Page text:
Preparing for the Future Starts by Creating a Good Business Plan
Nonprofits are under pressure from numerous sources to act more deliberately, but many, particularly smaller organizations, may lack a comprehensive, detailed plan and perhaps not know how to construct one. The Nonprofit Business Plan
will put them on the right track.
David LaPiana, an expert in nonprofit strategy, and his team of co-authors recognize the problem many nonprofits encounter: the lack of a rigorous methodology that connects mission to strategy to sustainable execution.
Even more basic, many organizations (and not just nonprofits) operate without a clear definition of strategy, which makes it difficult to create a business plan distinct from a strategic plan.
LaPiana helps by defining strategy as a coordinated set of actions aimed at creating and sustaining a competitive advantage in carrying out the mission and a business plan as a tool that tests the proposition that a particular undertakingprogram, partnership, new venture, growth, or the entity as a wholeis economically and operationally viable.
Business planning, he writes, is a process through which decision makers can understand and anticipate the consequences of financial decisions. And that's where its value lies by offering a way to think about the consequences of such decisions. The world will always evolve, and today's plan may soon become outdated, but a sound process for evaluating new conditions and opportunities should serve the nonprofit through waves of change.
A business plan has many uses, including helping a nonprofit:
- Understand whether its current business model adequately supports its mission.
- Test the idea that growth will fix financial problems.
- Identify assumptions that may be too optimistic, as well as negative trends.
- Evaluate and prepare for a change in programs or clients.
Business plans also have important secondary uses by providing support for fundraising and recruitment of senior level executives.
In addition to laying out this important groundwork, The Nonprofit Business Plan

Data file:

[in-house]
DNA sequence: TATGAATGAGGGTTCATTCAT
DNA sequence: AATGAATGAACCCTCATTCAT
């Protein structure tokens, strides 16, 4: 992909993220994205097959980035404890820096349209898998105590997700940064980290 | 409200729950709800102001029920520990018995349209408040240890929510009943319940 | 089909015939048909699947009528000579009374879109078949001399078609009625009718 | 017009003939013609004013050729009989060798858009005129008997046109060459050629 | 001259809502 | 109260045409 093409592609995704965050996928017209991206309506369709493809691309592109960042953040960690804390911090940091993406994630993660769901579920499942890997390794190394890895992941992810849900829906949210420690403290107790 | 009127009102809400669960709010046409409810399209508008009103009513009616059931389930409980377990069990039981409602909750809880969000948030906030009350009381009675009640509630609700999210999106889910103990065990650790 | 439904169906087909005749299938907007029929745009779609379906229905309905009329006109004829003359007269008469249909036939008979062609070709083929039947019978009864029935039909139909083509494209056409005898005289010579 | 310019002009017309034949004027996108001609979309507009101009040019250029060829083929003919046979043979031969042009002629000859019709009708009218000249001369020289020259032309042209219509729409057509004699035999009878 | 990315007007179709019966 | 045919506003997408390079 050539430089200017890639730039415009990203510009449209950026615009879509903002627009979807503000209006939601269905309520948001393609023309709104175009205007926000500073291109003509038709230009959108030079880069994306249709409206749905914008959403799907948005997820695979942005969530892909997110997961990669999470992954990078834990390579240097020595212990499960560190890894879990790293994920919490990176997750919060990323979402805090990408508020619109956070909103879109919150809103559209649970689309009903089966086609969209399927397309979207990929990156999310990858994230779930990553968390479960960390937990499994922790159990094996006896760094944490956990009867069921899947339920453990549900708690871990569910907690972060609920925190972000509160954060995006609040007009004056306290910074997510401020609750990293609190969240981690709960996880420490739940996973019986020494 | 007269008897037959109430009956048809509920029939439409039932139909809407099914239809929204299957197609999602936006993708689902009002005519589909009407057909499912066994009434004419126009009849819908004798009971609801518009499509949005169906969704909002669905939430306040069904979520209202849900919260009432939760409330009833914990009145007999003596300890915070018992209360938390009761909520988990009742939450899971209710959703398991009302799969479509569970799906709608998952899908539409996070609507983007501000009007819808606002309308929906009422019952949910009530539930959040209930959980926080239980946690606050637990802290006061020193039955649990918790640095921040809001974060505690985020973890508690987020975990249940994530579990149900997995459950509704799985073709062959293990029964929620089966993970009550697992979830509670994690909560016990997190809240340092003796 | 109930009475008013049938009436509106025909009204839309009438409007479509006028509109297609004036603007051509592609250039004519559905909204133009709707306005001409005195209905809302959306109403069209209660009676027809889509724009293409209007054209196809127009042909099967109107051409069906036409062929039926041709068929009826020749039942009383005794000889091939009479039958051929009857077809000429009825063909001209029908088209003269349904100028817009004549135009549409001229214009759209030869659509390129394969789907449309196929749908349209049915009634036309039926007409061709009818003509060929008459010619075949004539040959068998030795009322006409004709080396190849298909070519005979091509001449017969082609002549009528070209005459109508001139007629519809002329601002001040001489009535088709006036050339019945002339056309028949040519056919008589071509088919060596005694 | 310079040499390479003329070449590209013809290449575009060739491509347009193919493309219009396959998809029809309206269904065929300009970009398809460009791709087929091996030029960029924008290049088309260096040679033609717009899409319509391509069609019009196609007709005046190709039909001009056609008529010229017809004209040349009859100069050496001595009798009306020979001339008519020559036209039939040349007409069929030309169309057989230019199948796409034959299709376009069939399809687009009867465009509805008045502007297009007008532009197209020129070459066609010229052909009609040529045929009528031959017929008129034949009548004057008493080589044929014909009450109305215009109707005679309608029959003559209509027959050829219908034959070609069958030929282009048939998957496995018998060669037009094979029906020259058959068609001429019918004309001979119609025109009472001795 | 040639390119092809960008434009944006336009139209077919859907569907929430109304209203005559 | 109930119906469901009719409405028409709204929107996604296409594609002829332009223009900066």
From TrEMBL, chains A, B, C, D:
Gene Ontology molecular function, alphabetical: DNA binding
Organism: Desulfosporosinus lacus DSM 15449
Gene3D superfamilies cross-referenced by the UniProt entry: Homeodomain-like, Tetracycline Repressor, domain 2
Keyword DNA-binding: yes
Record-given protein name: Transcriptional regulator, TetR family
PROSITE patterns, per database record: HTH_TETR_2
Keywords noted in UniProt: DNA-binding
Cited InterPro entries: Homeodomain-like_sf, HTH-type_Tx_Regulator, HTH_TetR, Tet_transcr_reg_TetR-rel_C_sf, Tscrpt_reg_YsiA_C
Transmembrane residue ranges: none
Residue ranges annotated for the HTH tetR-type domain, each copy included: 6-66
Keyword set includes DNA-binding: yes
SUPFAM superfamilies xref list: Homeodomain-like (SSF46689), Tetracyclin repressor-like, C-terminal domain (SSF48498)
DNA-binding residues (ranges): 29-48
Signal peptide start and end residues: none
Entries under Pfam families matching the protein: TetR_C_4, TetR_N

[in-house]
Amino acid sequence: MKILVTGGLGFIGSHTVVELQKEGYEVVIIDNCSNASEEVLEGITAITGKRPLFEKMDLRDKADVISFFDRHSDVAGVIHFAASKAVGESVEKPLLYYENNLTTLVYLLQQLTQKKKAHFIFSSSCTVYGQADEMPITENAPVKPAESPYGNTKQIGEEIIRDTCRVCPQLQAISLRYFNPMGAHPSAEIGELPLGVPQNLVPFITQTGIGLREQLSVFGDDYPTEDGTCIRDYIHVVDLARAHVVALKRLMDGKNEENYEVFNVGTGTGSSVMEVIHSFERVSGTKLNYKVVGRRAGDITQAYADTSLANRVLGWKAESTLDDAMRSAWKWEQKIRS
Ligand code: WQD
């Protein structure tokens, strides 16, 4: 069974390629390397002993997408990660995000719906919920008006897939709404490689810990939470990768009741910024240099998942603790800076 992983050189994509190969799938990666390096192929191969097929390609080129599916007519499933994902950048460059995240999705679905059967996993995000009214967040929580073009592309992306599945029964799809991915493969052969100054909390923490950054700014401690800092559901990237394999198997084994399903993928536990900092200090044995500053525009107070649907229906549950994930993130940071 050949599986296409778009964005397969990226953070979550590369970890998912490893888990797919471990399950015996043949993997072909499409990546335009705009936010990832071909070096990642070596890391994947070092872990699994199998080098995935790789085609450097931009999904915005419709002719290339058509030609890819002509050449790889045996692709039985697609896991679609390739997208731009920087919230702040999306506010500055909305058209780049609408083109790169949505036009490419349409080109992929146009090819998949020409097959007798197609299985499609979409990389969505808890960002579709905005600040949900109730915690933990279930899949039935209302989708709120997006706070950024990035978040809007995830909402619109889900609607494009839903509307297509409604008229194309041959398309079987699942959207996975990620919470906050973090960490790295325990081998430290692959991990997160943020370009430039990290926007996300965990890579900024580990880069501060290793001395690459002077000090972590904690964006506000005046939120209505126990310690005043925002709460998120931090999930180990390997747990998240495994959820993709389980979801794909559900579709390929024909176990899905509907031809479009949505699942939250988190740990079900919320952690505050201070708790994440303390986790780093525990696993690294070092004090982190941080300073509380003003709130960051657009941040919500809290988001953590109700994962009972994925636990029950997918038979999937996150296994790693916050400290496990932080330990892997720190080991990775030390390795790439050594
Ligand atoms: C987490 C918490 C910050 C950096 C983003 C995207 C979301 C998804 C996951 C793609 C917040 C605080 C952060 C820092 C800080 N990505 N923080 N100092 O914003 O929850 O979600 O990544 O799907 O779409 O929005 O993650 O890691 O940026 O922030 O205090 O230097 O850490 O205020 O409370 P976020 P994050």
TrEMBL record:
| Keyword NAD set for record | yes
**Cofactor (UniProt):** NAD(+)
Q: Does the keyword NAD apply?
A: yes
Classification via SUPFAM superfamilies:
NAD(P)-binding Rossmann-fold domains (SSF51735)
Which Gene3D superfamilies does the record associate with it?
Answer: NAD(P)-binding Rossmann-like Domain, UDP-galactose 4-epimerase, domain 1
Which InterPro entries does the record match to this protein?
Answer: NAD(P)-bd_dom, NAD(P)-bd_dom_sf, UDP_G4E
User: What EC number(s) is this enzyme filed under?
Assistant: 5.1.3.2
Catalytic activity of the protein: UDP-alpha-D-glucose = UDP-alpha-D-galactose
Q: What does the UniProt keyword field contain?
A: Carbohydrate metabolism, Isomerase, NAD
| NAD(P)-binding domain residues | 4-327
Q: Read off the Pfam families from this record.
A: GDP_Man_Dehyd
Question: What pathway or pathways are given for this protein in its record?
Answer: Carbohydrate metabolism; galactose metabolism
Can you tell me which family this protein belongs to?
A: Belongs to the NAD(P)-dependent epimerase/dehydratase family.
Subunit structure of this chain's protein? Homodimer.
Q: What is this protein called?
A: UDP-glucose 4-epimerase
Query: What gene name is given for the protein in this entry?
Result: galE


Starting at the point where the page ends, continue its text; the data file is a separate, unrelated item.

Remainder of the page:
offers guidance for developing a plan and uses a prototype table of contents as a road map for creating a solid document. Case studies and discussion of issues surrounding key elements of a business plan make the book a worthy guide. Many organizations will find the detailed attention given to developing financial projections helpful, as a business plan ultimately succeeds or fails on these projections.
While it would seem to go without saying, LaPiana appropriately emphasizes that the financial projections included in a business plan must be communicated well. Those who read the plan, including non-finance experts, must be able to clearly and fully comprehend what the plan describes and how the organization will achieve its goals. To that end, and consistent with the hands-on, practical approach of the book, the book offers dos and don'ts that any business plan writer will find helpful.
For those who have never written a nonprofit business plan, and who may not have even seen one, the book includes a sample plan in the appendix, which in itself provides valuable guidance.
How do you know if your plan is good? La Piana's answer: If those who read it, including board members, donors, political leaders, and interested funders, are reassured that the proposed program, venture, partnership, or growth strategy makes sense and has a high likelihood of success.
The Nonprofit Business Plan
is available from Turner Publishing